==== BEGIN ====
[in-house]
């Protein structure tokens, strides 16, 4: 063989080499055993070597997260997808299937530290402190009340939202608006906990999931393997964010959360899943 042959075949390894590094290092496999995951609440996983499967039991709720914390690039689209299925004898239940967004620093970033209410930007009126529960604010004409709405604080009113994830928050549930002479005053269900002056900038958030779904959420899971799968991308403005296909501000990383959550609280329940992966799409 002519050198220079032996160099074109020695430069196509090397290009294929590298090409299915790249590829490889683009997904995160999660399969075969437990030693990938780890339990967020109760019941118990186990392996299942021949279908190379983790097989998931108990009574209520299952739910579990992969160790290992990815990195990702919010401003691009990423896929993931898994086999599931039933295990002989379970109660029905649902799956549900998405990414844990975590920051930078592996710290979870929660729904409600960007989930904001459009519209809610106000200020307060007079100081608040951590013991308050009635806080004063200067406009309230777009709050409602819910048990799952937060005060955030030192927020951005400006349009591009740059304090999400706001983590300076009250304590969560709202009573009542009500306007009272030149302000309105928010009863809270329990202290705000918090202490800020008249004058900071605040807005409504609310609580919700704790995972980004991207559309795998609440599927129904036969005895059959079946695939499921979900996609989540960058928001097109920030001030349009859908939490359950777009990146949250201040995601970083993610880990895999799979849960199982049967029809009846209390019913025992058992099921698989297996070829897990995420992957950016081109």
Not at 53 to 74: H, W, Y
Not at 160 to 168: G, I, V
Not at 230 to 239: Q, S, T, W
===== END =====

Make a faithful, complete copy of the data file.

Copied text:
[in-house]
């Protein structure tokens, strides 16, 4: 063989080499055993070597997260997808299937530290402190009340939202608006906990999931393997964010959360899943 042959075949390894590094290092496999995951609440996983499967039991709720914390690039689209299925004898239940967004620093970033209410930007009126529960604010004409709405604080009113994830928050549930002479005053269900002056900038958030779904959420899971799968991308403005296909501000990383959550609280329940992966799409 002519050198220079032996160099074109020695430069196509090397290009294929590298090409299915790249590829490889683009997904995160999660399969075969437990030693990938780890339990967020109760019941118990186990392996299942021949279908190379983790097989998931108990009574209520299952739910579990992969160790290992990815990195990702919010401003691009990423896929993931898994086999599931039933295990002989379970109660029905649902799956549900998405990414844990975590920051930078592996710290979870929660729904409600960007989930904001459009519209809610106000200020307060007079100081608040951590013991308050009635806080004063200067406009309230777009709050409602819910048990799952937060005060955030030192927020951005400006349009591009740059304090999400706001983590300076009250304590969560709202009573009542009500306007009272030149302000309105928010009863809270329990202290705000918090202490800020008249004058900071605040807005409504609310609580919700704790995972980004991207559309795998609440599927129904036969005895059959079946695939499921979900996609989540960058928001097109920030001030349009859908939490359950777009990146949250201040995601970083993610880990895999799979849960199982049967029809009846209390019913025992058992099921698989297996070829897990995420992957950016081109």
Not at 53 to 74: H, W, Y
Not at 160 to 168: G, I, V
Not at 230 to 239: Q, S, T, W